LONDON - Britain publicly chastised China's Huawei Technologies for failing to fix long-standing security flaws in its mobile network equipment and revealed new "significant technical issues," increasing pressure on the company as it battles Western allegations that Beijing could use its gear for spying.
In a report published on Thursday (March 28), the government-led board that oversees vetting of Huawei gear in Britain said continued problems with the company's software development had brought "significantly increased risk to UK operators."
The board - which includes officials from Britain's GCHQ communications intelligence agency - said in the report that the company had made "no material progress" addressing security flaws and it didn't have confidence in Huawei's capacity to deliver on proposed measures to address "underlying defects."
The unusually direct criticism is a fresh blow to the world's largest maker of mobile network equipment, which has been under intense scrutiny in recent months.
Officials in the United States and elsewhere have been increasingly public in voicing their concerns that Huawei's equipment could be used by Beijing for spying or sabotage, particularly as operators move to the next generation of mobile networks, known as 5G.
Shenzhen-based Huawei said in a statement said it takes the oversight board's concerns "very seriously" and that the issues identified in the report "provide vital input for the ongoing transformation of our software engineering capabilities".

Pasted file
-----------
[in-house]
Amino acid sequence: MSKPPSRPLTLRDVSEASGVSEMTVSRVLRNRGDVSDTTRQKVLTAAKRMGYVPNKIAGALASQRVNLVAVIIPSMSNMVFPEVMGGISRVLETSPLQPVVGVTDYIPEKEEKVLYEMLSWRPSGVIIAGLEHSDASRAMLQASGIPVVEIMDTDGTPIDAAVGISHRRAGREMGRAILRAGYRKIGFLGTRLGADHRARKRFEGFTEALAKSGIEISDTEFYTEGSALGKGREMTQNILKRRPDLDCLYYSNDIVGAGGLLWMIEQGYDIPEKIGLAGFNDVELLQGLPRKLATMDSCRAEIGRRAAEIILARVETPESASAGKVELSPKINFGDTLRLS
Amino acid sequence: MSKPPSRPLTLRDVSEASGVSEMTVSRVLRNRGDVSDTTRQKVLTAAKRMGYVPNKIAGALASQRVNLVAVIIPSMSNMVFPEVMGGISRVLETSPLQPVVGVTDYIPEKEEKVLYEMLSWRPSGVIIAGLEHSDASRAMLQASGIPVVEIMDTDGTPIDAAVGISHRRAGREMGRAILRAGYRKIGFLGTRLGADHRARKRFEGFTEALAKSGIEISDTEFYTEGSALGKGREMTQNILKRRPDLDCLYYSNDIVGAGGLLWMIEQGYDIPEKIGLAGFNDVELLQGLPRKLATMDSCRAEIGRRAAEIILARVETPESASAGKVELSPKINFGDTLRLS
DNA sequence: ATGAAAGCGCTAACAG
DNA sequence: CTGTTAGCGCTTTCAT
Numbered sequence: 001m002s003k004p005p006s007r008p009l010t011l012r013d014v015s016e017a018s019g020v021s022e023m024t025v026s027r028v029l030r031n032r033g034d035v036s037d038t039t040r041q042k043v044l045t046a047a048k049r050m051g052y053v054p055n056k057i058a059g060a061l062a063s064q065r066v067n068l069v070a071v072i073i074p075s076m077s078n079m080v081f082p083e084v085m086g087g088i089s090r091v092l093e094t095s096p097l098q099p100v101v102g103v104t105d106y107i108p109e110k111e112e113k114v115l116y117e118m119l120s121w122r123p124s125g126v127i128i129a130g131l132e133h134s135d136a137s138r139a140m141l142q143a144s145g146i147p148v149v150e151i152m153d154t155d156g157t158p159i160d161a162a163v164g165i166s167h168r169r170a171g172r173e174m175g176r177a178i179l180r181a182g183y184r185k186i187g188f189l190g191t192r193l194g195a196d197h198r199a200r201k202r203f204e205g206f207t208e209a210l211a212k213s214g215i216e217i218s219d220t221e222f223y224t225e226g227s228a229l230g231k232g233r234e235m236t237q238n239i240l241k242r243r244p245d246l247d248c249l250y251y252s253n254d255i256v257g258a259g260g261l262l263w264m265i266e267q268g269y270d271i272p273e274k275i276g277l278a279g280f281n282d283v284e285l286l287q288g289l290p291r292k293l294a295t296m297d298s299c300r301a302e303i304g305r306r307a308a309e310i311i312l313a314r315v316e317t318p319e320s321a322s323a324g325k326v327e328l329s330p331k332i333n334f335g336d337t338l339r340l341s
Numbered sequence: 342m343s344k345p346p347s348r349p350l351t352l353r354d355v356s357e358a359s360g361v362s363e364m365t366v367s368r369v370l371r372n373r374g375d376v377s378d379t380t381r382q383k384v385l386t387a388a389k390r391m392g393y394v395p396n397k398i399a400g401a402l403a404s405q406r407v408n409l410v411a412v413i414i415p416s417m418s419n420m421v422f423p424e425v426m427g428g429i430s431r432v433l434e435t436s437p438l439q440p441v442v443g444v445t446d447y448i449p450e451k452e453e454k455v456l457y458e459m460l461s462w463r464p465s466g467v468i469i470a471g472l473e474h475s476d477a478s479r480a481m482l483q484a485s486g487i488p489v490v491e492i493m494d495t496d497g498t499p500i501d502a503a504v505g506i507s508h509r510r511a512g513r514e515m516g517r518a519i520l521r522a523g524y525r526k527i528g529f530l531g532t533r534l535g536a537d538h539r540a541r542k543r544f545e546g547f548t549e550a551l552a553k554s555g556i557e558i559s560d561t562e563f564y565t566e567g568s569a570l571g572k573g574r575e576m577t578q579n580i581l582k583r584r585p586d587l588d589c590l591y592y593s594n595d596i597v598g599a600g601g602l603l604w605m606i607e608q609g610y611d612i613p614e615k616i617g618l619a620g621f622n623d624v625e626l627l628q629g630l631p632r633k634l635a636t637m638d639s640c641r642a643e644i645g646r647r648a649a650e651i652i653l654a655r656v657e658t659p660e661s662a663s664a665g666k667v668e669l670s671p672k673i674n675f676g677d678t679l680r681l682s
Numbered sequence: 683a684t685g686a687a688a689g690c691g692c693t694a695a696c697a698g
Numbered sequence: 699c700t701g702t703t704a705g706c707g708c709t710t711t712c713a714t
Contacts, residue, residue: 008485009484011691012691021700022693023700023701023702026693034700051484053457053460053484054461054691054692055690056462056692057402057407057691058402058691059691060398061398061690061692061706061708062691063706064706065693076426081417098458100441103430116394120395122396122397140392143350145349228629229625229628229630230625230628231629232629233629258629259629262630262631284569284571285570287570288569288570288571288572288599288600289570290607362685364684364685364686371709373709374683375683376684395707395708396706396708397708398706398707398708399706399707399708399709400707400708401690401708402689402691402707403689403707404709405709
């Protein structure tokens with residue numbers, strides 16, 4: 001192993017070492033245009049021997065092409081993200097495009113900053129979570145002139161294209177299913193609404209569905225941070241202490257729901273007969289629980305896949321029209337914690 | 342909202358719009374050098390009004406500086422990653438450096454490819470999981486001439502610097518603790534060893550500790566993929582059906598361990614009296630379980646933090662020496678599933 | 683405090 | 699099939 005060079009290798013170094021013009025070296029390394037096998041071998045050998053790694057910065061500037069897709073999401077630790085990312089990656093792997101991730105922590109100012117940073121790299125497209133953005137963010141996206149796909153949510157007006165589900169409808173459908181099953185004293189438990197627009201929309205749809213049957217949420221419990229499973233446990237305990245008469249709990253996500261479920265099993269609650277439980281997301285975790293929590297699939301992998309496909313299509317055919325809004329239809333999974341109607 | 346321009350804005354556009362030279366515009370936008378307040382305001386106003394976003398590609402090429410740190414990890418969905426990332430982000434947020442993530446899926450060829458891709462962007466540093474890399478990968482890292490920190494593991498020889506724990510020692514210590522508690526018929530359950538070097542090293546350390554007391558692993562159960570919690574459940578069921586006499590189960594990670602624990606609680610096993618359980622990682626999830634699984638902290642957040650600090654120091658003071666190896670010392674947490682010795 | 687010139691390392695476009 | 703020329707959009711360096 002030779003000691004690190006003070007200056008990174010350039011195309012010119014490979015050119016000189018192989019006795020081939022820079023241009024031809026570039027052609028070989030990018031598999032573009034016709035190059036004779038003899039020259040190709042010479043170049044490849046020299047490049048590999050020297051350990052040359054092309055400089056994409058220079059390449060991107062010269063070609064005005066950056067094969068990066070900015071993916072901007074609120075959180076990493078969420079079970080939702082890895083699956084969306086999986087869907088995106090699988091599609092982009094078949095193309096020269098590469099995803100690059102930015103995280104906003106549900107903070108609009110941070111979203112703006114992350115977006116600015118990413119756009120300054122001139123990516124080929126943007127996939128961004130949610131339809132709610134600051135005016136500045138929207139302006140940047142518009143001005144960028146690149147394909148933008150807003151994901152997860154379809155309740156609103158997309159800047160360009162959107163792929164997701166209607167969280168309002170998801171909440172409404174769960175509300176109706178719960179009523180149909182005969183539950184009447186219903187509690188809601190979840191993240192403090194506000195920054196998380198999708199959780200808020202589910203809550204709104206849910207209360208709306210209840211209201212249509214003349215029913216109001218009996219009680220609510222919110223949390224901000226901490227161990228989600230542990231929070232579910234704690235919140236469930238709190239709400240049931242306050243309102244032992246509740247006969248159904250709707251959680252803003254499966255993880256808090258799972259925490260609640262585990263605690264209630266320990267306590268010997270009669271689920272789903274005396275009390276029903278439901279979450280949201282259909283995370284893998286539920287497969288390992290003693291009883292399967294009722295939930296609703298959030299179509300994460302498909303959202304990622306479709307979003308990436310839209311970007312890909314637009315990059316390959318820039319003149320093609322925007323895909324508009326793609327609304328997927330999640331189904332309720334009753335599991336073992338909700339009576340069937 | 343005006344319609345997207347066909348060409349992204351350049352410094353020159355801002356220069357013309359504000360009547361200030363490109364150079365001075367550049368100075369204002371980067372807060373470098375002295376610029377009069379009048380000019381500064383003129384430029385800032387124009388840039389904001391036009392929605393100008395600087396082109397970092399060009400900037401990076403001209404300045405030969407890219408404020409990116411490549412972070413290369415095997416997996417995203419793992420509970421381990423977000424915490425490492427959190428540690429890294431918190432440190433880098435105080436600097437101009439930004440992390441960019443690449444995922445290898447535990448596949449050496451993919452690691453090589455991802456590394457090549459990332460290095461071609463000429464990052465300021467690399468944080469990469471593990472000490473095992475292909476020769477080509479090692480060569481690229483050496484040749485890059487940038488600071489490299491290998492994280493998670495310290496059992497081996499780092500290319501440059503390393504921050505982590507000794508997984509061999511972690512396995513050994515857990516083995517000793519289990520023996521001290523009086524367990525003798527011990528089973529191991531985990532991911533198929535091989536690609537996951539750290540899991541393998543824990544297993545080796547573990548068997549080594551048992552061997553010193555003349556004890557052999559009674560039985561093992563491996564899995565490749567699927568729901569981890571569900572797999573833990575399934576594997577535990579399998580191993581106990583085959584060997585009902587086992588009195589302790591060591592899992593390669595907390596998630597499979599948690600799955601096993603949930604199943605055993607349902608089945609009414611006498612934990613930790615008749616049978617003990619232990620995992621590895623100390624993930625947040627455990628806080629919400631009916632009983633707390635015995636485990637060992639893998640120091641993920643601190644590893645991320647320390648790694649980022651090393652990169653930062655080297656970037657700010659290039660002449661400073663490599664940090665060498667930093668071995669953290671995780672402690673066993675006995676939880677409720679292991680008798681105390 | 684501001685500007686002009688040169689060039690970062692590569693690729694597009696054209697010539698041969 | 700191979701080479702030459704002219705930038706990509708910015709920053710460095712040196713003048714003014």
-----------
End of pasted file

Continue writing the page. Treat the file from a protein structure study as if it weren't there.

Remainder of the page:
Separately, China's commerce ministry said on Thursday that Japan's decision to curb government purchases from Huawei and ZTE Corp could hurt bilateral ties if Tokyo's actions are deemed unfair.
Japan revised its procurement rules last year, introducing measures to strengthen security that were also a de facto ban on government purchases from Huawei and ZTE.
The measures have been extended to 5G licensing rules for private companies, meaning Japan's telcos are unlikely to use network equipment from the two Chinese manufacturers.
"We do not hope to see rising protectionism in countries like Japan that are supporters of free trade," ministry spokesman Gao Feng told a regular briefing in Beijing.
The ministry had noticed that Huawei and ZTE's business operations have suffered in Japan, he said. "If Japan's actions are unfair, that would shake mutual trust in both countries as well as the confidence of companies to co-operate, hurting bilateral relations," he added.
Huawei has been facing mounting scrutiny, led by the United States, amid worries its equipment could be used by Beijing for spying.
The company says the concerns are unfounded.
Last year, ZTE, the world's fourth-largest telecoms equipment maker, was prevented from buying components from US firms in a crippling row over violations of export restrictions.
ZTE resumed normal business after paying up to US$1.4 billion (S$1.9 billion) in fines and replacing its entire board.
Bilateral ties between China and Japan have improved in the past year, with both sides expressing a desire to forge closer ties, both strategically and economically.